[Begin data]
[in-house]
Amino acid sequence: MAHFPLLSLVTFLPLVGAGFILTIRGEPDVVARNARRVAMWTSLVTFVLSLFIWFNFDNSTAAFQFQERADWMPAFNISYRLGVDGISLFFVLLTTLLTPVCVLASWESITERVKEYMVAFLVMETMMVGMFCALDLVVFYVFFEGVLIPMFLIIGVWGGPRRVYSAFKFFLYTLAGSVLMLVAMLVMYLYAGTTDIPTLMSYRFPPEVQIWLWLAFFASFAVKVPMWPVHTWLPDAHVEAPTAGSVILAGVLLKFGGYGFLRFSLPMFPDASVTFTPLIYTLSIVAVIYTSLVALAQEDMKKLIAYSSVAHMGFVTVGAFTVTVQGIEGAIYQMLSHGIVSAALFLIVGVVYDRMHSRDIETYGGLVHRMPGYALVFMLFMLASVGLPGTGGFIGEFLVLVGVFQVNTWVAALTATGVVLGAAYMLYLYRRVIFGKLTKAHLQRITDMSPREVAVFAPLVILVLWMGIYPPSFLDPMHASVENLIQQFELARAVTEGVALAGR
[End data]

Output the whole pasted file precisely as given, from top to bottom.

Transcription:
[in-house]
Amino acid sequence: MAHFPLLSLVTFLPLVGAGFILTIRGEPDVVARNARRVAMWTSLVTFVLSLFIWFNFDNSTAAFQFQERADWMPAFNISYRLGVDGISLFFVLLTTLLTPVCVLASWESITERVKEYMVAFLVMETMMVGMFCALDLVVFYVFFEGVLIPMFLIIGVWGGPRRVYSAFKFFLYTLAGSVLMLVAMLVMYLYAGTTDIPTLMSYRFPPEVQIWLWLAFFASFAVKVPMWPVHTWLPDAHVEAPTAGSVILAGVLLKFGGYGFLRFSLPMFPDASVTFTPLIYTLSIVAVIYTSLVALAQEDMKKLIAYSSVAHMGFVTVGAFTVTVQGIEGAIYQMLSHGIVSAALFLIVGVVYDRMHSRDIETYGGLVHRMPGYALVFMLFMLASVGLPGTGGFIGEFLVLVGVFQVNTWVAALTATGVVLGAAYMLYLYRRVIFGKLTKAHLQRITDMSPREVAVFAPLVILVLWMGIYPPSFLDPMHASVENLIQQFELARAVTEGVALAGR